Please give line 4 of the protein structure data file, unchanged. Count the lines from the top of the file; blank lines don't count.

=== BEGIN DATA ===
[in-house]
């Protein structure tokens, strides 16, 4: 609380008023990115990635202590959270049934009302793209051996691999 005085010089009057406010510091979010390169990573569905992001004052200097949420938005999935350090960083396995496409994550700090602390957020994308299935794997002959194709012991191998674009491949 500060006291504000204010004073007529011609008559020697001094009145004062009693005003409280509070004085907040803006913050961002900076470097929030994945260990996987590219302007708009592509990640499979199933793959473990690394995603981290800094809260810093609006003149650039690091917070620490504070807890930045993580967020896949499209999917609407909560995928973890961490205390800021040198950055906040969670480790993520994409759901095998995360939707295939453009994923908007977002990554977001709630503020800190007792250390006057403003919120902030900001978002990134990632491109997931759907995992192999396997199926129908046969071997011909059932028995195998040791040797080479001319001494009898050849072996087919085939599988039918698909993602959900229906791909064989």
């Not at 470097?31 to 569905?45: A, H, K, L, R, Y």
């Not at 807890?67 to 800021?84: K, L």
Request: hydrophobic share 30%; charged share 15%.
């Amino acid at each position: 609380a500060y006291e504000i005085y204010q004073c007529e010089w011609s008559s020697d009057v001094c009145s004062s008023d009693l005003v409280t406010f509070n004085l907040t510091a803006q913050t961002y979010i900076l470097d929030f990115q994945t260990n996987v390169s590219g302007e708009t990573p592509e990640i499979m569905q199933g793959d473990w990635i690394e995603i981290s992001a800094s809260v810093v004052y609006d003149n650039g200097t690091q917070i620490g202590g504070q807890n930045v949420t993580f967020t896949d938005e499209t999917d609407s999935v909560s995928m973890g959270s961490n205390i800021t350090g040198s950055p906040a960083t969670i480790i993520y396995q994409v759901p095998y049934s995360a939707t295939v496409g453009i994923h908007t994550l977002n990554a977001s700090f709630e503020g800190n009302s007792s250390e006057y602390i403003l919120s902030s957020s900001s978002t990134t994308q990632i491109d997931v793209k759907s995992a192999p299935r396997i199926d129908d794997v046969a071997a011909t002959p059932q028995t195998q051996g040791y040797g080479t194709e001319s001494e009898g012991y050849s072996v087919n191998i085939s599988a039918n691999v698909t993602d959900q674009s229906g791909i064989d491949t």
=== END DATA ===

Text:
């Not at 807890?67 to 800021?84: K, L």